The first article in this series shows how to use MS Access’ built-in Switchboard Wizard. This article goes a step beyond the restrictions of the ready-made switchboard and shows how to create a custom switchboard using a blank form.
A Database vs. An Application
A custom switchboard, like the built-in Access wizard, turns your database into an application. A database is a collection of fields, tables, queries, forms, macros and reports; whereas an application gathers the components of the database and makes the database more usable and streamlined. We can either use the built-in Switchboard Wizard in Access 2007 or make our own custom switchboard. Custom switchboards go beyond the restrictions of the built-in Access Switchboard wizard. We can add as many command buttons as we want and add a wider variety of links and design refinements.
First Things First!
Before you can make an application out of your database, you must have a well-designed database with all the objects (tables, forms, reports, etc.) in good working order. If your database runs well and everything works for you without a switchboard, you are ready to design your switchboard page(s). The foregoing may sound somewhat counter-intuitive, but it is nevertheless true. As you continually work with your database, you will find that you are repeatedly entering the same forms, executing the same queries and viewing the same reports. Your custom application (i.e., switchboard(s)) will remove the drudgery and get your database under control.
Let's look at the steps in designing your custom application.
Step 1 - Decide on the application design.
We shall use a hypothetical database called “Sapphire Sales," which has a table, a query, two forms, two reports and a macro. Our goal is to create a custom designed switchboard page and have that page appear by default each time we open the database.
The screenshot below shows the database objects we will access through our custom switchboard form:
Step 2 - Design a custom switchboard form.
A custom switchboard form is like any other Access form, except that it is not based on a table or query. It is merely a standalone form that holds the buttons and text we will use to navigate and use our database.
To create a custom switchboard form, create a blank form and save it as Switchboard. See the screenshot below:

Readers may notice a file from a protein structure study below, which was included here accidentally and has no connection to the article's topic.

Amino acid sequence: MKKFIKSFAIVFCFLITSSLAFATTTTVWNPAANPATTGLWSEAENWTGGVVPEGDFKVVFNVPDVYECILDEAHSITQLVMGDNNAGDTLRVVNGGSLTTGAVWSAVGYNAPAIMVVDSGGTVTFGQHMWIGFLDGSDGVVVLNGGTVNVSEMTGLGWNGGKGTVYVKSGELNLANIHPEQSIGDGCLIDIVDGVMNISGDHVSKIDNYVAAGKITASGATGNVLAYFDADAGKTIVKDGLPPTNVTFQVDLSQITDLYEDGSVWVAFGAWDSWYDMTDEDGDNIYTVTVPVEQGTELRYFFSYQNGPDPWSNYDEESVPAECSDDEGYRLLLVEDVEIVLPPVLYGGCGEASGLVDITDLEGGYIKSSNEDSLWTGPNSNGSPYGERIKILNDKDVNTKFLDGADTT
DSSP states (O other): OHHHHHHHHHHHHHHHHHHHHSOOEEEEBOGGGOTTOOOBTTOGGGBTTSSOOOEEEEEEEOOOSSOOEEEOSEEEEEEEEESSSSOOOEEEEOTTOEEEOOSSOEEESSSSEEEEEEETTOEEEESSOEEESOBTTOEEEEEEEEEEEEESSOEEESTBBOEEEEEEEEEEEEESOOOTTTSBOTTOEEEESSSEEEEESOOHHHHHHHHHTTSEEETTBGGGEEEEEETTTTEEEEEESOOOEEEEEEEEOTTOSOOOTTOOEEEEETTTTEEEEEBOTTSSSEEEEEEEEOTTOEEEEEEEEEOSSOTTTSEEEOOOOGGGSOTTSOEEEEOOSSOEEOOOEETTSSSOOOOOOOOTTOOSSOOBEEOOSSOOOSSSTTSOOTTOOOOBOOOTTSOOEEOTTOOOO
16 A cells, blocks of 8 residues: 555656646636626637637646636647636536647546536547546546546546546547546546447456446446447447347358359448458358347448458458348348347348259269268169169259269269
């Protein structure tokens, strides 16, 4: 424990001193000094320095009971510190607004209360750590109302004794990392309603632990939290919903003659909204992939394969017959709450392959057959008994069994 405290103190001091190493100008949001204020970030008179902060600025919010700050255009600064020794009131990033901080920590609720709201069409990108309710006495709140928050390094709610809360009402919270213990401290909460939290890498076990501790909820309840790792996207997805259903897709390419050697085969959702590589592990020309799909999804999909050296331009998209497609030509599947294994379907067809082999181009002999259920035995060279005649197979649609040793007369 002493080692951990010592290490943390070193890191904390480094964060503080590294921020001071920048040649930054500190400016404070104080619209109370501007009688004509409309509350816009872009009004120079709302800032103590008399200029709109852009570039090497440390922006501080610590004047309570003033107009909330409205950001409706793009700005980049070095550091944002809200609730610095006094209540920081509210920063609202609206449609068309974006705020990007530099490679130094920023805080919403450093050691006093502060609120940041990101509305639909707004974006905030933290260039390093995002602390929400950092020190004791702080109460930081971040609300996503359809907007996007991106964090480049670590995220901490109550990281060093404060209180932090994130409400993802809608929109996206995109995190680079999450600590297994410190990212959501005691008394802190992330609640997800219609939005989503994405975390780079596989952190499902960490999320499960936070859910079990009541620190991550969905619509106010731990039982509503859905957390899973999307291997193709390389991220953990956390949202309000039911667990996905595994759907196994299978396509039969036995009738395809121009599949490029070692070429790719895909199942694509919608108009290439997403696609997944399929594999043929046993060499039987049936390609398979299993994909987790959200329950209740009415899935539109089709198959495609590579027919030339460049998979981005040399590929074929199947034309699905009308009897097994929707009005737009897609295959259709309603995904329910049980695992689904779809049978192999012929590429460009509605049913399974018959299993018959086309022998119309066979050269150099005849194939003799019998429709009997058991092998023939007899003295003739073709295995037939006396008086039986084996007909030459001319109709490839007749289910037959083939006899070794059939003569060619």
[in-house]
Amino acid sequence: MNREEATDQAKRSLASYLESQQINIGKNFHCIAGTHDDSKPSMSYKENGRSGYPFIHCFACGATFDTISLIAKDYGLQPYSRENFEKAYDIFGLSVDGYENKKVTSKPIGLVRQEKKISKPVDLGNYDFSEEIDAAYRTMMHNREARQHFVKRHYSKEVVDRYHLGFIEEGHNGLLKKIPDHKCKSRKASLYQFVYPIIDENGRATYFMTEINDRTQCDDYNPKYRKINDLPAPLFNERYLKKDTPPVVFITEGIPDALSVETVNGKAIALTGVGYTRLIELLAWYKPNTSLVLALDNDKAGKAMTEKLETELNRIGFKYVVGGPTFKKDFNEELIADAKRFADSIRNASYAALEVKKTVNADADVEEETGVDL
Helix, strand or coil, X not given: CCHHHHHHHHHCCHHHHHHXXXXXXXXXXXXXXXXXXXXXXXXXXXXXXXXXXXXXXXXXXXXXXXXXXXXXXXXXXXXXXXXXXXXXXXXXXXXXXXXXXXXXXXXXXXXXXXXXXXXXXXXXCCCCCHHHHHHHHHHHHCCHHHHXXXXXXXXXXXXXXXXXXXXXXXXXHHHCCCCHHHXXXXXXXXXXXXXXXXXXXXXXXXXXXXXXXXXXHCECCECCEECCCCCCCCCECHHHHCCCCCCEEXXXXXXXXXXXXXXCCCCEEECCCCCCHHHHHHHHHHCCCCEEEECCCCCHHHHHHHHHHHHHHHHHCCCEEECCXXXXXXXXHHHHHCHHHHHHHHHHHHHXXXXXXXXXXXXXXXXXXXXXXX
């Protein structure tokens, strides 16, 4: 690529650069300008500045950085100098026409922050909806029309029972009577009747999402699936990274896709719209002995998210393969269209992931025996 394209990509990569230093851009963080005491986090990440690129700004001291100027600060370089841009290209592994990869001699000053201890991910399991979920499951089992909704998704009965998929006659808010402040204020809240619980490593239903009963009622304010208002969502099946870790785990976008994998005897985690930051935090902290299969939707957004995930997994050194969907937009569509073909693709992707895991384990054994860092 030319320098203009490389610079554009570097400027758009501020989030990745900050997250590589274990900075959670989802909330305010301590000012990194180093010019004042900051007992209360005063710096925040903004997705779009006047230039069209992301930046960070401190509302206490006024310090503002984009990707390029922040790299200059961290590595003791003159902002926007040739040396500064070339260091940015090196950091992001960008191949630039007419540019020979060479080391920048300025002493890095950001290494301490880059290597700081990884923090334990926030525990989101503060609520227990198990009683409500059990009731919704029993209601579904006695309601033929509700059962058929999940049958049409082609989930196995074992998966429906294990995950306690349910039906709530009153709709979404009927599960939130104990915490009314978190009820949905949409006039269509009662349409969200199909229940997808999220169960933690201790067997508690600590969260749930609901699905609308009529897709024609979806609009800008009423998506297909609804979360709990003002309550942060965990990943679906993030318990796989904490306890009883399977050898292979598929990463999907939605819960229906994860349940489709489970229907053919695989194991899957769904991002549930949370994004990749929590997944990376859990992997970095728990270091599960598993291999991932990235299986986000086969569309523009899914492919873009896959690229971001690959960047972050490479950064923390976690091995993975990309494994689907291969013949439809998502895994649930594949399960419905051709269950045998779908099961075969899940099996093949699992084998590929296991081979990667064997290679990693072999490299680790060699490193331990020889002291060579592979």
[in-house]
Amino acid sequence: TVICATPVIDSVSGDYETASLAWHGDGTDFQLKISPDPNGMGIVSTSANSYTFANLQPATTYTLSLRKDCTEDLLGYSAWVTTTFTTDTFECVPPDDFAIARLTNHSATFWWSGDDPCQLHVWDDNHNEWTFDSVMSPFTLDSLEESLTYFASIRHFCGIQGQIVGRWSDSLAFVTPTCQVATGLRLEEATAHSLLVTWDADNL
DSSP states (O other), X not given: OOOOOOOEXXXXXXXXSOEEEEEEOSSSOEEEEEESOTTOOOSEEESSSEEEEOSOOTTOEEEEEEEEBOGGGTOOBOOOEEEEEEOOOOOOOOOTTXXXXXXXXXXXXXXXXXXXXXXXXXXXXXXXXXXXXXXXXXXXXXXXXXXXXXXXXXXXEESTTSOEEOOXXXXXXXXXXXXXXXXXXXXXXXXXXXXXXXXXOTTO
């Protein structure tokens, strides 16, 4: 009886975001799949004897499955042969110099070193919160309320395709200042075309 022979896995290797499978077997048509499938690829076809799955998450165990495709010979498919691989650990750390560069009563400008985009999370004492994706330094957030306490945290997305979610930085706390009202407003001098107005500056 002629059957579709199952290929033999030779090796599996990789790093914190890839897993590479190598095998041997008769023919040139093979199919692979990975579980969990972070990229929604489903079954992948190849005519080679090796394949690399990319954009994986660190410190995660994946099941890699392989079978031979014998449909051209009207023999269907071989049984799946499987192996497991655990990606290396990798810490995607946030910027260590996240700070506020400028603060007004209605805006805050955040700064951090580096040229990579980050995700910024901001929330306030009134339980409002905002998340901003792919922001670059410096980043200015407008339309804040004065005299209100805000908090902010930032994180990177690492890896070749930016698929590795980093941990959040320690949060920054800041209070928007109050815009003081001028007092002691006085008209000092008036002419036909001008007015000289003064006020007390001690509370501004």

Step 3 - Add control buttons to the custom switchboard form.
Let’s make the Sales Entry Form in our database the first item on our custom switchboard. We want that form to open when we click on the button. To create a new button, while the blank form is in the Design view, make sure the Control Wizards icon (Controls group, middle row, last on the right) is selected. Then select the Button icon from the Controls group.
When the cursor changes its shape to a rectangle with a cross in the upper left, draw a box shape in the Detail area of the blank form.
The Command Button Wizard will open. Select Form Operations in the Categories column and Open Form in the Actions column of the dialog box.
Continue through the wizard, then select Finish. The new command button will appear on the blank form. (To add a report to a button, select Report Operations/Open a Report and continue stepping through the wizard.)
At this point, you can experiment with the Command Button Wizard to create a variety of buttons from the generic text button to a number of built-in pictures to make your button more decorative. You can see the range of built-in pictures available for assignment to buttons by selecting the the "Show all Pictures" in the wizard step following the form or report selection option.
Stepping Through the Command Button Wizard
We selected a built-in icon, so we'll need to add a label to our button. Add a label to the button by clicking on the Label ("Aa") icon in the Controls group and drawing a text box. We added the text “Open Sales Entry Form." You can test the button by switching to the Form view and clicking on the button.
Continue adding control buttons and design your form to taste.
The screenshot below shows a completed Switchboard form that accesses the other forms and reports displayed by this new application. We added a graphic and a title section by clicking on the Logo icon and the Title icon (the icon immediately to the right of the Logo icon) in the Controls group.
Step 4 - Make your switchboard the default opening page for your application.
To make your switchboard page the first page you see when you open your application, do the following steps:
♦ Click on the Office button in the upper left of your database window.
♦ Select the Access Options box in the lower right edge of the dialog box.
♦ Click on Current Database in the left column.
♦ Name your application in the Application Title box.
♦ In the Display Form dropdown box, select Switchboard. Select OK; close down the database and restart it. (Use the Office Button, and select Close Database.)
MS Access 2007: Using Switchboard Forms
Microsoft Access 2007 switchboard forms help us streamline our database. They act as a "central hub" in accessing our forms, reports, queries, etc. This two-part series demonstrates (1) how to use the built-in wizard to automate switchboard creation and (2) how to make your own custom switchboard.
- MS Access Databases: Using the Switchboard to Navigate Your Database
- MS Access 2007: Create an Application with a Custom Switchboard
- Microsoft Access 2007 Tips: Spruce Up Your Custom Switchboard Form